As a fisherman, you probably hear a lot about how some run of salmon isn’t meeting commercial fishing standards, how some particular subspecies of cutthroat trout out West faces extinction, how all the oceans are being depleted, etc. I suspect that for the average Alabama fisherman all this feels pretty distant. Our streams and rivers are full of the same fish they’ve always had, aren’t they? The talk on fly fishing sites about endangered fish got me curious about our area. I wondered how many of our fish are in trouble. I was vaguely aware of a few cases that have made the evening news, but in truth I was pitifully ignorant on the topic.
So I did a little online research. As it turns out, we have quite a few fish facing serious obstacles to their continued existence, some to such an extent that we probably can’t halt their extinction even were we to try. Some of them I’m familiar with, some not so much. Our fish might not get the publicity of the salmons and the trouts, but that tends to endear them more closely to my heart. They’re like the poor little orphans of the threatened fish world. Some of the larger fish, like the sturgeons and spoonbills, have always fascinated me. As a child I heard whispered rumors, tantalizingly short on details, uttered by my father and his fishing buddies under the street lamp at the Mud Creek boat dock. There were big fish hooked deep in the river that couldn’t be moved with bass tackle, something large bumping a flatbottom jon boat during a night fishing trip, stories passed down from old-timers. Could they have been big sturgeon? Was that big fish you glimpsed rolling on the edge of the river a spoonbill? Maybe even a sturgeon?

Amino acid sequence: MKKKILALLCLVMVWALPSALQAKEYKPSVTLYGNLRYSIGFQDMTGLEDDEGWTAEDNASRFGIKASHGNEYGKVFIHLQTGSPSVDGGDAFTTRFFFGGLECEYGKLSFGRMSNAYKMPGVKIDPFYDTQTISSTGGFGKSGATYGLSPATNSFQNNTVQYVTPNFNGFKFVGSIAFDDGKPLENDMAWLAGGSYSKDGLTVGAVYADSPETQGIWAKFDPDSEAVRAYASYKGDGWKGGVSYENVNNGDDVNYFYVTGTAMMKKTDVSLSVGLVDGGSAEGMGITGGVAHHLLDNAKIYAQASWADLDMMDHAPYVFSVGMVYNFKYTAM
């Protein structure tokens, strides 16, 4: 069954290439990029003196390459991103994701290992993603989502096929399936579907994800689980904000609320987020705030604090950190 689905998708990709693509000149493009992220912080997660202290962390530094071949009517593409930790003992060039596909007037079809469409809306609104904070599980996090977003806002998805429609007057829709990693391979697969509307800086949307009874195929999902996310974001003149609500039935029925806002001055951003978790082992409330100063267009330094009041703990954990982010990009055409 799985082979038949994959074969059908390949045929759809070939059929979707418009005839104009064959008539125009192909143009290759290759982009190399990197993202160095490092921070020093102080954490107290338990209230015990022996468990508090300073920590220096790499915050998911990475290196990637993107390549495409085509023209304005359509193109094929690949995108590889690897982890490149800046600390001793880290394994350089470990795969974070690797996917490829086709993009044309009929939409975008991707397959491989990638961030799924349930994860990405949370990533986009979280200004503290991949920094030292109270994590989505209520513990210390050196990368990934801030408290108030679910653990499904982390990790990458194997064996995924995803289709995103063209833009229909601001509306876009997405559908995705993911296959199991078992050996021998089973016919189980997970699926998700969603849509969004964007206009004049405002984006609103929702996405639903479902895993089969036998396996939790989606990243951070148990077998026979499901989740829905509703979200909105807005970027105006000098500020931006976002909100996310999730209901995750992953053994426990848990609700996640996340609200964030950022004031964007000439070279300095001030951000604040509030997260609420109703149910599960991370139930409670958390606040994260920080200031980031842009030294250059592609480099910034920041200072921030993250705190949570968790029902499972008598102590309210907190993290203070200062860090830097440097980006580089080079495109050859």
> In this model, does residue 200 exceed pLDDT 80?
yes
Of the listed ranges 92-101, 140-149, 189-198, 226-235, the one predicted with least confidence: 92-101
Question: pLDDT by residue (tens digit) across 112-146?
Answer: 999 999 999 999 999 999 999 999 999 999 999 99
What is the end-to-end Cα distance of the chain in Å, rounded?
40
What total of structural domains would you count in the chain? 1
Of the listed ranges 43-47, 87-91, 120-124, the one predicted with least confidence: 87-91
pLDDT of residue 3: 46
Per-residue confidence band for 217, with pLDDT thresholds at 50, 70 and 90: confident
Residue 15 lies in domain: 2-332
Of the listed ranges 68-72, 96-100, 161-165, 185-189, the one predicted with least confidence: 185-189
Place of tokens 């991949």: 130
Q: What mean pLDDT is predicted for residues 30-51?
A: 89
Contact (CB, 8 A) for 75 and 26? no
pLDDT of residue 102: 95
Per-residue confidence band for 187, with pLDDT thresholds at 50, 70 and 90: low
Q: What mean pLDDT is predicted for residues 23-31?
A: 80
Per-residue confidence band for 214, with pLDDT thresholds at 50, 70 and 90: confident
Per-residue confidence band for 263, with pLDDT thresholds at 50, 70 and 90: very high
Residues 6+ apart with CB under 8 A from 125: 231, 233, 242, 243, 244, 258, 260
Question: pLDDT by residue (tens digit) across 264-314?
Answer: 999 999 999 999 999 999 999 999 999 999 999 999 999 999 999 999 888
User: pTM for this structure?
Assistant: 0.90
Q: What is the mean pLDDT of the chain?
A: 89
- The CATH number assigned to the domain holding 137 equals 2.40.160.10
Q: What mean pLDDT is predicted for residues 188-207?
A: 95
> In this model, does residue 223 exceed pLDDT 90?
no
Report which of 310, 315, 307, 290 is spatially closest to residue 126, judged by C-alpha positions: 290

My goal here is simply to make you aware of some of these cases. You may or may not care, but I think you should. Each one of these fish is a part of us, a part of what makes our state unique. It’s not just fish, either. There are some pretty cool plants and other animals that are in trouble. We lose a little bit of ourselves whenever one of these vanishes forever. The way I see it, God put them here for a reason, and even if that reason is for His own good pleasure, that’s plenty good enough for me to want to save them. Even if you don’t buy the God argument, I’m sure you’d agree that even the tiniest part of an ecosystem can have profound impacts on the whole, and, therefore, that all parts are deserving of our care and good stewardship. I figure the biggest reason many folks don’t care is because they’re simply unaware. If you have knowledge of something, it seems you’d be more likely to care about its continued existence. Like I’ve said many times on this site, there are rarely easy solutions to problems like these, but half-way to a solution is knowing there’s a problem. So with that goal in mind, let me quickly acquaint you with a few of Alabama’s threatened and endangered fishes. Links are included in the footnotes for further study. Continue reading Alabama’s Threatened and Endangered Fishes